NUT Midline Carcinoma: Diagnostic Ultrastructural Features
EP Wartchow, TS Moore, CA French, GW Mierau. The Children's Hospital, Aurora, CO; Brigham and Women's Hospital, Boston, MA
Background: Nuclear protein in testis (NUT) midline carcinoma is a recently described entity which typically arises in children and young adults. NUT midline carcinomas tend to metastasize early, are almost uniformly lethal, and are most often characterized by a balanced t(15;19)(q13,p13.1) chromosomal translocation that results in a BRD4-NUT fusion oncogene. Although NUT midline carcinomas can be detected by cytogenetic and immunohistochemical means, electron microscopy remains a viable diagnostic tool. The electron microscopic (EM) findings associated with this highly aggressive tumor have thus far received only brief mention in the literature and have never previously been illustrated.
Design: The ultrastructural findings in a typical case of NUT midline carcinoma, confirmed by cytogenetic and fluorescence in situ hybridization studies, are presented to illustrate and characterize features which allow discrimination of this tumor from other entities with which this tumor is likely to be confused. Tissue from a thoracic mass arising in a 5-year-old child was fixed in glutaraldehyde and examined by electron microscopy. Representative micrographs were obtained and analyzed.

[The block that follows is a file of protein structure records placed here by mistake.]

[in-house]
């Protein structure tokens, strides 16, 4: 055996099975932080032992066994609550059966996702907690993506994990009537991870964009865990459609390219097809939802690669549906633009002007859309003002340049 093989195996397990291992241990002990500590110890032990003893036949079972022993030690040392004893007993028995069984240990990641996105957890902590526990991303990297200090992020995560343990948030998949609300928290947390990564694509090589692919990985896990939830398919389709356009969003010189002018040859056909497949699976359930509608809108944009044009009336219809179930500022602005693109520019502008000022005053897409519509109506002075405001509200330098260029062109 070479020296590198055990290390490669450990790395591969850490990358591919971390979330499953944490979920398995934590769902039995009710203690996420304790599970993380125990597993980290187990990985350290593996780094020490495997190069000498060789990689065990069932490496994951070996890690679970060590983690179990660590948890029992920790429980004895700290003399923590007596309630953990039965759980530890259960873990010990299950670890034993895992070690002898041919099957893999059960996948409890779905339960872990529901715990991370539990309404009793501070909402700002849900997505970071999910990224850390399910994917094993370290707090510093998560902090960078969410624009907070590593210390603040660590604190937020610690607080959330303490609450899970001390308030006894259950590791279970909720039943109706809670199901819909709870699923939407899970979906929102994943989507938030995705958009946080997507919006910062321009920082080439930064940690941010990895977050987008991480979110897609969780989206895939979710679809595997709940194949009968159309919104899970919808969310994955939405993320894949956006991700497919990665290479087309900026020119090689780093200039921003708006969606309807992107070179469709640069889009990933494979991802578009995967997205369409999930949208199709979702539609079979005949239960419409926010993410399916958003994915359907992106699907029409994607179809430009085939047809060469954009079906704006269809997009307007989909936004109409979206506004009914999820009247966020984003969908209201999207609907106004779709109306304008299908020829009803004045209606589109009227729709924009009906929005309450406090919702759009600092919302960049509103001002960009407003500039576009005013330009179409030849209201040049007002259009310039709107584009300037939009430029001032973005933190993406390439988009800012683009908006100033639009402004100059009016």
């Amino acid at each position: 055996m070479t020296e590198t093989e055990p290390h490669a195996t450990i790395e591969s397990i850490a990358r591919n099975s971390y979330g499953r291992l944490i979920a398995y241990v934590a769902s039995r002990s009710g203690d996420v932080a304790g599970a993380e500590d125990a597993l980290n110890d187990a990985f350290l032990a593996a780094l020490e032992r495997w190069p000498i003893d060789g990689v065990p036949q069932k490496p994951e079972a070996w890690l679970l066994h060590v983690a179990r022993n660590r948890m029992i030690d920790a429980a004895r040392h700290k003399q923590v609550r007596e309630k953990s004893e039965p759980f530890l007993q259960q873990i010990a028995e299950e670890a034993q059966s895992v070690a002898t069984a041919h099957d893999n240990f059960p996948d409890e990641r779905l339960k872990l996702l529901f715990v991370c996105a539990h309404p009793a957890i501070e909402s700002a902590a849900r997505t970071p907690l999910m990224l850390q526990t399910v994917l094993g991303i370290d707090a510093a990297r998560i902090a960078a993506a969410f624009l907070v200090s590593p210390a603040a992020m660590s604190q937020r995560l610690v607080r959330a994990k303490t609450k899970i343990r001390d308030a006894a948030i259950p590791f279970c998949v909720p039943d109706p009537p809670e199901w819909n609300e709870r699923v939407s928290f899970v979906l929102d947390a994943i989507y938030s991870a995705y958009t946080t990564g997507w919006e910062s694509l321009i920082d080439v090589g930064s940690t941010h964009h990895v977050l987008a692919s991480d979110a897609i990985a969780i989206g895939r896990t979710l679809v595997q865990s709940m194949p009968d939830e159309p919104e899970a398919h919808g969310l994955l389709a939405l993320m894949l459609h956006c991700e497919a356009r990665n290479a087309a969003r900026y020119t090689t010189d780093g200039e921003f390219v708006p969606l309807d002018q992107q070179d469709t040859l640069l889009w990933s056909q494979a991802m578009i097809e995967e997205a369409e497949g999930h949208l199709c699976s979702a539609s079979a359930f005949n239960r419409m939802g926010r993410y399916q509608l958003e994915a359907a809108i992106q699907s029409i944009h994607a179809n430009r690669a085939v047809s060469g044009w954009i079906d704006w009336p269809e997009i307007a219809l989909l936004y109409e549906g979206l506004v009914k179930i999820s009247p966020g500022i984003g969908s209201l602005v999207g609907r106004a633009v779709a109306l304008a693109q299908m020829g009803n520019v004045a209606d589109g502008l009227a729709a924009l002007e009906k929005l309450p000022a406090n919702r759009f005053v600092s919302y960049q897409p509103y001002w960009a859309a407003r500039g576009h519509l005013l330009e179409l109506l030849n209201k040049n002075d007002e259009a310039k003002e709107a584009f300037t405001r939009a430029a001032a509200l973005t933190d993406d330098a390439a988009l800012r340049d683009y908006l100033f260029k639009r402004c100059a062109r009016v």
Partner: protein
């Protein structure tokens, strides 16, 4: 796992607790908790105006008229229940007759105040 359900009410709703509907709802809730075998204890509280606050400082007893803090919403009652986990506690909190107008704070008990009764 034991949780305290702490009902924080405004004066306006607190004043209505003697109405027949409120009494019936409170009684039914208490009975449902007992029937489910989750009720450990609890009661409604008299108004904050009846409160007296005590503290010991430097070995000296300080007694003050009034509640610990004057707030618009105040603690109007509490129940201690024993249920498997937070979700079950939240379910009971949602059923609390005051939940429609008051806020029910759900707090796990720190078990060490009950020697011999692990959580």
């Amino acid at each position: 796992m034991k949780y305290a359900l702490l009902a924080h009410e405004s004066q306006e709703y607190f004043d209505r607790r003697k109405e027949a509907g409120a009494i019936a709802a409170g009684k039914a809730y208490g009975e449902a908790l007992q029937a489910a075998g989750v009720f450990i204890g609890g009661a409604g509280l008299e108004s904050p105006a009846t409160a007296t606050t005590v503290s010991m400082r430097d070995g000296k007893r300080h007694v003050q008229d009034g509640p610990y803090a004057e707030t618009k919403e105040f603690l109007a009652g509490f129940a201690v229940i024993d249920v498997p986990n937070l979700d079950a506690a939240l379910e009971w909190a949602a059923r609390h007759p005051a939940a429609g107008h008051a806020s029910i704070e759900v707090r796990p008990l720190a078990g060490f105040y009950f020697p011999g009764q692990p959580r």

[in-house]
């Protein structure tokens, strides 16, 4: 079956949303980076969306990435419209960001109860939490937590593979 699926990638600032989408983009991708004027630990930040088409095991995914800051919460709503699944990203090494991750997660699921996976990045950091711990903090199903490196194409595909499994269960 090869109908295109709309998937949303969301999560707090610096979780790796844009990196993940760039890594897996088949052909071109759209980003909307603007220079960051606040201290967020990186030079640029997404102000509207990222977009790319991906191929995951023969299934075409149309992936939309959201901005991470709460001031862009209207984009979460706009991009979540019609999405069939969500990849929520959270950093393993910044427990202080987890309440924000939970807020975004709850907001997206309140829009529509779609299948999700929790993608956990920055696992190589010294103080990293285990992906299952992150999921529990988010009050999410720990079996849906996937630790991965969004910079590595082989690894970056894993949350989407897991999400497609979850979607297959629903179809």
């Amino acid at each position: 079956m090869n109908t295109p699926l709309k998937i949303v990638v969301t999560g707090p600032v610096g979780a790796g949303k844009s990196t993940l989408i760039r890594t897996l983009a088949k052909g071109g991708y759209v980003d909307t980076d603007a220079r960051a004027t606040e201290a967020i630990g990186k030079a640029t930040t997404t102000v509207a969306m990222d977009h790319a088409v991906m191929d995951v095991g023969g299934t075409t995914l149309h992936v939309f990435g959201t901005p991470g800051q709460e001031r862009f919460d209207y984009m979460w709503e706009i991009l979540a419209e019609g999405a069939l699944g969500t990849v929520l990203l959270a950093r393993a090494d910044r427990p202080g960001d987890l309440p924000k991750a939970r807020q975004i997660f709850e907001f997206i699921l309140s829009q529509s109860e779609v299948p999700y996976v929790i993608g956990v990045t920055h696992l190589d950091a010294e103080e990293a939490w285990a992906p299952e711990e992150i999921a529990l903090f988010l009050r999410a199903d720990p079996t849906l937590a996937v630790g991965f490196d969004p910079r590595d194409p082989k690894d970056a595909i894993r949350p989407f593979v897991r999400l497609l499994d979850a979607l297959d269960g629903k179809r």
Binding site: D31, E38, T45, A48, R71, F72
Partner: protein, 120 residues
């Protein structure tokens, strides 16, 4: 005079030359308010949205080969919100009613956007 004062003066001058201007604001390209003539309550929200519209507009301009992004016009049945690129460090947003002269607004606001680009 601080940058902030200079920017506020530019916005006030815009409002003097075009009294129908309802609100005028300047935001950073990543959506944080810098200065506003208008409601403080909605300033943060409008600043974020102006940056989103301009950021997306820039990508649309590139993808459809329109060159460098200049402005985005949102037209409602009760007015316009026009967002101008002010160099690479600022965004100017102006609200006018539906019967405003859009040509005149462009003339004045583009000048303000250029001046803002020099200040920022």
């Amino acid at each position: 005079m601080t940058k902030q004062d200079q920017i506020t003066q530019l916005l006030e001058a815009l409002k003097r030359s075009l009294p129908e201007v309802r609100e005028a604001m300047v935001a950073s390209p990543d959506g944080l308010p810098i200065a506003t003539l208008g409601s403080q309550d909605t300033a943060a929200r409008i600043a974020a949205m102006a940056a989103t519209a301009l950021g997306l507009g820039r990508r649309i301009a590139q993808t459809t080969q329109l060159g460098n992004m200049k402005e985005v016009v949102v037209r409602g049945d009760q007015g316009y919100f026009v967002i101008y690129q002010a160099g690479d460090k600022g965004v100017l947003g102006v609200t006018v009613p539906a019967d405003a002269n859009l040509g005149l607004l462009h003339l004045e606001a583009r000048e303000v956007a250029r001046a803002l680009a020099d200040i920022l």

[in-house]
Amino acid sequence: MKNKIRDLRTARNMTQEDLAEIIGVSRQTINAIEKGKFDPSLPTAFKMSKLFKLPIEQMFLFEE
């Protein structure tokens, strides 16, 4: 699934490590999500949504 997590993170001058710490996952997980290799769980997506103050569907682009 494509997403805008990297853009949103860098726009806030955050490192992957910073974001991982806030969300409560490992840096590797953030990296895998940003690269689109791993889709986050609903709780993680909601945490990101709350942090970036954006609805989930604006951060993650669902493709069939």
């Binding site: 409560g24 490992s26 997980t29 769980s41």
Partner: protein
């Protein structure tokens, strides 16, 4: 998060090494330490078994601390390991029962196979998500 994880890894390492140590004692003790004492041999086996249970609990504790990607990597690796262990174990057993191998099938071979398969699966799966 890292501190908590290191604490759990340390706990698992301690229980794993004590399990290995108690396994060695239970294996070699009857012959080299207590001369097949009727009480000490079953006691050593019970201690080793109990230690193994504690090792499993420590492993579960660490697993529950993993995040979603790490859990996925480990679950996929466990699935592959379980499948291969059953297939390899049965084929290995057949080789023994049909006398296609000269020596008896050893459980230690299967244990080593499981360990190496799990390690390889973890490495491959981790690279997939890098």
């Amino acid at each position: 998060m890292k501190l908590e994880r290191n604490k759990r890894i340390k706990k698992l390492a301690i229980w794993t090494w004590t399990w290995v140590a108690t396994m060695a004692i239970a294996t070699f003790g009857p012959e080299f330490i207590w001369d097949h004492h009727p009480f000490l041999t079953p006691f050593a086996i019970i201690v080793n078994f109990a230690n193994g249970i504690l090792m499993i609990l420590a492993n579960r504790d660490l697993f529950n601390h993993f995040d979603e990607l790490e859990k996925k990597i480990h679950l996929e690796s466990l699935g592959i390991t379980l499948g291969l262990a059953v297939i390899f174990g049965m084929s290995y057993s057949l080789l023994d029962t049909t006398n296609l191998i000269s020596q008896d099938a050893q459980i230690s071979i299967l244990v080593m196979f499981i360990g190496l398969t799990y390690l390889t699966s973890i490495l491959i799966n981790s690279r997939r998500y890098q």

Results: Key ultrastructural findings included an often irregularly shaped nucleus containing one or more large nucleoli exhibiting a very prominent nucleonema, and an abundant electron dense cytoplasm containing numerous relatively short bundles of tonofilaments, clusters of pleomorphic granules, and deposits of lipid and glycogen. Stubby microvillous projections extended from the cell surfaces, and frequent punctate well formed desmosomal-type intercellular junctions were found. This constellation of features enables differentiation from thymic carcinoma, thymoma, germ cell tumor, Ewing's sarcoma, or mesothelioma.
Conclusions: Although NUT midline carcinomas are very aggressive tumors with a propensity for early hematogenous spread, they may be sensitive to specific chemotherapeutic regimens. NUT midline carcinoma displays a constellation of distinctive ultrastructural features which may allow earlier diagnosis and intervention. Electron microscopy can, particularly when genetic testing is unproductive or unavailable, prove helpful in discriminating NUT midline carcinoma from other similarly appearing entities.
Wednesday, March 24, 2010 9:30 AM
Poster Session V # 256, Wednesday Morning